West Virginia parking laws: understanding the basics
Even though you might not realize it, a big part of driving is knowing where you can and cannot park legally. If you are illegally parked, you may end up having your car towed. At the very least, you will be facing a ticket and a fine. You can avoid these issues though as long as you learn some of the most important parking laws in West Virginia.
There are many areas where you are not allowed to stop, stand, or park your vehicle unless you have to do it to avoid conflict with another vehicle, when following the rules of traffic signals, or when a police officer tells you to pull over. The following are places where you cannot park.
Parking laws to know
Drivers are not allowed to park on sidewalks, crosswalks, or within intersections, which should be common sense for most people. You are also prohibited from parking in front of a public or a private driveway. Parking in front of them would not allow other drivers to come in and out of the driveway. This could be a real inconvenience, and potentially a hazard for other vehicles.
Never park within 15 feet of a fire hydrant. The fire engines will need to access it in the event of an emergency, and they do not have the time to waste with your vehicle. You should never stop within 30 feet of any traffic signal or stop sign. Be careful when you are pulling up to a curb so you do not park in front of a curb cut or a wheelchair ramp. You also need to keep at least 50 feet away from the nearest rail of a railroad crossing when parking.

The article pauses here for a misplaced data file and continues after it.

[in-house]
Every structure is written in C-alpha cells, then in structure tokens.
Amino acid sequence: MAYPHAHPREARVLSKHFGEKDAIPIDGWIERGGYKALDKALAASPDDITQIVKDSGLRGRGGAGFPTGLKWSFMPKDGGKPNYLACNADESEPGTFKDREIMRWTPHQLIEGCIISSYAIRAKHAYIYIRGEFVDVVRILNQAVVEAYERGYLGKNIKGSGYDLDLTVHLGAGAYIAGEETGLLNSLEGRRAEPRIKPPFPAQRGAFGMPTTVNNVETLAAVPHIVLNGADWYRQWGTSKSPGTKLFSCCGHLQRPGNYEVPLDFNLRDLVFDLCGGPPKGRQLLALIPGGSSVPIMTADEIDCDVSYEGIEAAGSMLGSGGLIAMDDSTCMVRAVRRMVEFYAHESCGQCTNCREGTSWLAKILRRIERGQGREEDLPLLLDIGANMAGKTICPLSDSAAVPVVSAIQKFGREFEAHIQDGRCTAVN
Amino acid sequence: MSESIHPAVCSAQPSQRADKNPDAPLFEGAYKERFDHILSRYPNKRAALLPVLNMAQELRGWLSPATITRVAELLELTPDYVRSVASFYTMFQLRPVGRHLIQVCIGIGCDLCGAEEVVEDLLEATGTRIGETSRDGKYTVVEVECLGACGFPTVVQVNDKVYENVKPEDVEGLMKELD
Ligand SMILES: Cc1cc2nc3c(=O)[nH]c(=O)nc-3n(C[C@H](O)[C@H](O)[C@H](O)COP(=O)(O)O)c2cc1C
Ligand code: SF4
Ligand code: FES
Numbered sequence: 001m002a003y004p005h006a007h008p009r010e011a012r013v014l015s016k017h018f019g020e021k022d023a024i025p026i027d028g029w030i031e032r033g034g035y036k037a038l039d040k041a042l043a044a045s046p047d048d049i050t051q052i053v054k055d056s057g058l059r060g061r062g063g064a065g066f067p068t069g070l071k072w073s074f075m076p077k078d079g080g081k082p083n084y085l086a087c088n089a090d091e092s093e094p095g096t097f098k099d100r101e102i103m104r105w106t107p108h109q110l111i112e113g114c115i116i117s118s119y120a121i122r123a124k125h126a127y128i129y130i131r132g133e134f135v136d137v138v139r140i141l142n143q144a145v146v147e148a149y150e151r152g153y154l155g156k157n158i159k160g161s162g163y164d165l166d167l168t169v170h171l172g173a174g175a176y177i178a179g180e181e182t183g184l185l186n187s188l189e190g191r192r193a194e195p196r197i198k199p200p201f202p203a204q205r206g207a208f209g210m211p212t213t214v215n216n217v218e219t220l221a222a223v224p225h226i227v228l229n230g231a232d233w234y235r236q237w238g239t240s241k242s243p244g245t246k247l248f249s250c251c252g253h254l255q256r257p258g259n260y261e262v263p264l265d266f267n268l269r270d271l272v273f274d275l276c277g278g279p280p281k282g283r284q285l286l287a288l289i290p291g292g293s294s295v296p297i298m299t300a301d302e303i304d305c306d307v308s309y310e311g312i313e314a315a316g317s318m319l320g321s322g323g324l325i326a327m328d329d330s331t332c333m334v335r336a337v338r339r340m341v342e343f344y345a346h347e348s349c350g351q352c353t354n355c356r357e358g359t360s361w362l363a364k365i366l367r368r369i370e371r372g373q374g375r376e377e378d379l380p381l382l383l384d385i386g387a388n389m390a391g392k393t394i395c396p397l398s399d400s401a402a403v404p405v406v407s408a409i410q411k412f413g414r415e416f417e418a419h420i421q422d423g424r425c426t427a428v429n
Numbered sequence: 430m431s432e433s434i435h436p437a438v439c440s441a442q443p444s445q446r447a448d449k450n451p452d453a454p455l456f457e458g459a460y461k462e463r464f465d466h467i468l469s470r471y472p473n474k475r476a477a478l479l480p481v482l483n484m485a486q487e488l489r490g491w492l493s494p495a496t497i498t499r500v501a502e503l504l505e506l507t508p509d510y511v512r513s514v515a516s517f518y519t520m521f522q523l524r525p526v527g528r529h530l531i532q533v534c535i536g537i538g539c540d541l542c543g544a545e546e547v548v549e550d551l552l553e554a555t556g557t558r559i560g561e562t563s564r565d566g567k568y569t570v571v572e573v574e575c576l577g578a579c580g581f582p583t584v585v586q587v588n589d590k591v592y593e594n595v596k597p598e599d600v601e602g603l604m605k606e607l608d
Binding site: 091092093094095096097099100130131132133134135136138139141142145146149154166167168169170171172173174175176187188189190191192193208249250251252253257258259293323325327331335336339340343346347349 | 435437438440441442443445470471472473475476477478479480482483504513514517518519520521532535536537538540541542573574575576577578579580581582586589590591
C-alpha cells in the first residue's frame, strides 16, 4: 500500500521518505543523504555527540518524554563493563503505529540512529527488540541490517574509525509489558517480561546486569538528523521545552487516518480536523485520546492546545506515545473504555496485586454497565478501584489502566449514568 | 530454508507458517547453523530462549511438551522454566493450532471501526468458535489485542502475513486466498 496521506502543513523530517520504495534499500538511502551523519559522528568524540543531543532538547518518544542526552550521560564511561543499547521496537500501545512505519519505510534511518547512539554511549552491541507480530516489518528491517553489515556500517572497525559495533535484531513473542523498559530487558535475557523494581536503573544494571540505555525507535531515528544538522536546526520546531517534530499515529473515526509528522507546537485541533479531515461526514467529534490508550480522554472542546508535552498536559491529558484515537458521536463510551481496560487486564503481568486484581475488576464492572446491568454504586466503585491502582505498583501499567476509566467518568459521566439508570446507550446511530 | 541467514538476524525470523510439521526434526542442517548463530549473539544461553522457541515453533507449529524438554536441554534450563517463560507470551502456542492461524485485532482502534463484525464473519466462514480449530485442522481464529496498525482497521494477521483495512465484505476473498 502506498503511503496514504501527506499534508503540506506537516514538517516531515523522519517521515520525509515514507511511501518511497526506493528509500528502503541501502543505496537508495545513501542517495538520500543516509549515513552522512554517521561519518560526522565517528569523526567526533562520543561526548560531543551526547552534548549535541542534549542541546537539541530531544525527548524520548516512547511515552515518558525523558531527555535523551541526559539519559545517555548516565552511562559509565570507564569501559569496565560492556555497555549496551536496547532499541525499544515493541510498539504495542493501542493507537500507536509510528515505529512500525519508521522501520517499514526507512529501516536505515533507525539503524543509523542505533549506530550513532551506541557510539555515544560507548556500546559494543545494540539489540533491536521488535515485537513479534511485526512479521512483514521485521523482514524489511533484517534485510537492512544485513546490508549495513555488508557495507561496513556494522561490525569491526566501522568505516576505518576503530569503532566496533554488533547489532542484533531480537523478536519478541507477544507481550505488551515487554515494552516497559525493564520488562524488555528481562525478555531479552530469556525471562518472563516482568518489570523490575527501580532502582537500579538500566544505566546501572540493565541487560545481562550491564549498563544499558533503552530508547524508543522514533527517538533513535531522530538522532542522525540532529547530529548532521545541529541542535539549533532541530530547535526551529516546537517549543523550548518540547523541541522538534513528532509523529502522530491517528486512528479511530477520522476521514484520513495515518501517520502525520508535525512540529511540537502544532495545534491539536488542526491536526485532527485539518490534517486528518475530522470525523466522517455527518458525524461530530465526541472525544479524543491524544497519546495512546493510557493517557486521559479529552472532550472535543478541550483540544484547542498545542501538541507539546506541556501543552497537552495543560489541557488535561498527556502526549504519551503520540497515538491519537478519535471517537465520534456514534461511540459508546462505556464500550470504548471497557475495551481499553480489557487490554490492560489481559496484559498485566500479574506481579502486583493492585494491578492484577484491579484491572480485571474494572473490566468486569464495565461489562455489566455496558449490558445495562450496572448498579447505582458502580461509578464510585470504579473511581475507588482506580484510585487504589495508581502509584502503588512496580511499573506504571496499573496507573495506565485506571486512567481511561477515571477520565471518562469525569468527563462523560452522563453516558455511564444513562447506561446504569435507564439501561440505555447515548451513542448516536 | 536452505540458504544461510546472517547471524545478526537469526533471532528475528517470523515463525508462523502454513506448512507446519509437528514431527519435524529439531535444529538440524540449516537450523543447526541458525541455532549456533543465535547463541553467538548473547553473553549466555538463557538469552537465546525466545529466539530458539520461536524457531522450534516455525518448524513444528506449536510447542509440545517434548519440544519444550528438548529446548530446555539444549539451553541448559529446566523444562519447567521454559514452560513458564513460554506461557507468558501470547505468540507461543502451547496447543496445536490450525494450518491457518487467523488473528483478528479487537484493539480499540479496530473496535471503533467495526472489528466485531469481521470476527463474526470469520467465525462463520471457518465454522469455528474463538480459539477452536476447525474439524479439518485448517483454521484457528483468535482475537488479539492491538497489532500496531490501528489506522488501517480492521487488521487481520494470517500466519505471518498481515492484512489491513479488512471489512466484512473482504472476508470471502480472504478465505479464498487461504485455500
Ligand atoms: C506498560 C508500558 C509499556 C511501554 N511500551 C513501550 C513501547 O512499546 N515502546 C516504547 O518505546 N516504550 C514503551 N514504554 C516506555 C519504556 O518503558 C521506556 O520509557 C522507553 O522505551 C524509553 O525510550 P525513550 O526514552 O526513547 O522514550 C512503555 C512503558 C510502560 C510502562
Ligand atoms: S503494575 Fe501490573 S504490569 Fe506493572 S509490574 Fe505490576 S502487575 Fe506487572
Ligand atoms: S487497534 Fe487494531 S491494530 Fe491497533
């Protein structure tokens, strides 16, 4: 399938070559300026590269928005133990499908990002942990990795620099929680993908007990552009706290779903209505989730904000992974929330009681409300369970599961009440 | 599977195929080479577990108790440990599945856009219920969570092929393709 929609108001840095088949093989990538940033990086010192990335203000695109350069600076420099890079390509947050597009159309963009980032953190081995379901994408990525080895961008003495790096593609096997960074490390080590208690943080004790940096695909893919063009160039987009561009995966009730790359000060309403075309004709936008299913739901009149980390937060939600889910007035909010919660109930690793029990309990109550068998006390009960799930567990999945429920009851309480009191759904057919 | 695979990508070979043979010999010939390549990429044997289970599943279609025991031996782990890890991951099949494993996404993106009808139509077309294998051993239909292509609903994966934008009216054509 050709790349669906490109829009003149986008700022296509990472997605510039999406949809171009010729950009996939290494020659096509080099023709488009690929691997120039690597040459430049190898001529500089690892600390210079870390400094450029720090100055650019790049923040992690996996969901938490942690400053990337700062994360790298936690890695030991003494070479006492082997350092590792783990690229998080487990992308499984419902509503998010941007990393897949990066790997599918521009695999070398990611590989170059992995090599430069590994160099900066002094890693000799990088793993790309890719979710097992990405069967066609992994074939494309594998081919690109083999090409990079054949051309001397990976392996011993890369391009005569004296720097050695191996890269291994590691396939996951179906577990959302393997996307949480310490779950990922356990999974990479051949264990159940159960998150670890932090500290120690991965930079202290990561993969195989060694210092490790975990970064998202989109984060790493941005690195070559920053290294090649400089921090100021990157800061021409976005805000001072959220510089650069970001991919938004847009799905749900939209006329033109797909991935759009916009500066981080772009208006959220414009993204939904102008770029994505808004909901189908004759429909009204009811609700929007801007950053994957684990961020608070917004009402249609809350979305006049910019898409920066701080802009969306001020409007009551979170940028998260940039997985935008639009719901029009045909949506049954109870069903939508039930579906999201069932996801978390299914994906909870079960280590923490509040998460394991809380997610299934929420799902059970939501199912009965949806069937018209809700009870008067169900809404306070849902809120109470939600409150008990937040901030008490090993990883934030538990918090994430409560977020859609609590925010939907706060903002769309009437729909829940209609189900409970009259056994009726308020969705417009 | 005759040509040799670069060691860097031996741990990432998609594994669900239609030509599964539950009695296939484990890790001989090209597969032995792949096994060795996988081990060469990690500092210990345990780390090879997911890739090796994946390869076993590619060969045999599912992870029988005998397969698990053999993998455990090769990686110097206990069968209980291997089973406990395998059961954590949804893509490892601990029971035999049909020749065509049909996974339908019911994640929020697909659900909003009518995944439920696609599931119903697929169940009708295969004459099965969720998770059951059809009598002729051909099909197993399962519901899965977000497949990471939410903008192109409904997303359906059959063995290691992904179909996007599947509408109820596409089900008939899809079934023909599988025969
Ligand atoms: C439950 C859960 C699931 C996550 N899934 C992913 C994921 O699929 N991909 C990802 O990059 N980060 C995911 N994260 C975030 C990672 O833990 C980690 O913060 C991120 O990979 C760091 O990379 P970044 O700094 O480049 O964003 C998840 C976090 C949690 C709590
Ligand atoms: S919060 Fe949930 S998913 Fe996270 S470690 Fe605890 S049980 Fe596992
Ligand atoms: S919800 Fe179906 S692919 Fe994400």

If there is an obstruction in the road, or if there is an street excavation on the road, you can’t park in the area if it would disrupt or obstruct traffic further. Do not park on any bridge or other elevated structure, or in a highway tunnel.
You need to be parked at least 20 feet away from any mailbox served by mail carriers using a vehicle for their deliveries. You cannot stop or park on the roadway side of any vehicle that is already stopped or parked. This is called double parking, and it is against the law, as well as hazardous. It also tends to slow or even stop traffic while you are parked there.
Keep in mind that there may be some city and town ordinances that are different from the state laws. The local laws, as well as their fine schedule, will supersede the state rules. It is a good idea to learn the local laws so you do not have to worry about getting a ticket or returning to the spot where you parked your car only to find that it has been towed.
You should never stop or park in any location where your vehicle could become a hazard or where it could block or disrupt traffic. Always look for official signs that prohibit parking as well. In some cases, no parking zones will be painted yellow on the curb.
This article originally appeared on YourMechanic.com as The Guide To Colored Curb Zones in West Virginia and was authored by Valerie Johnston.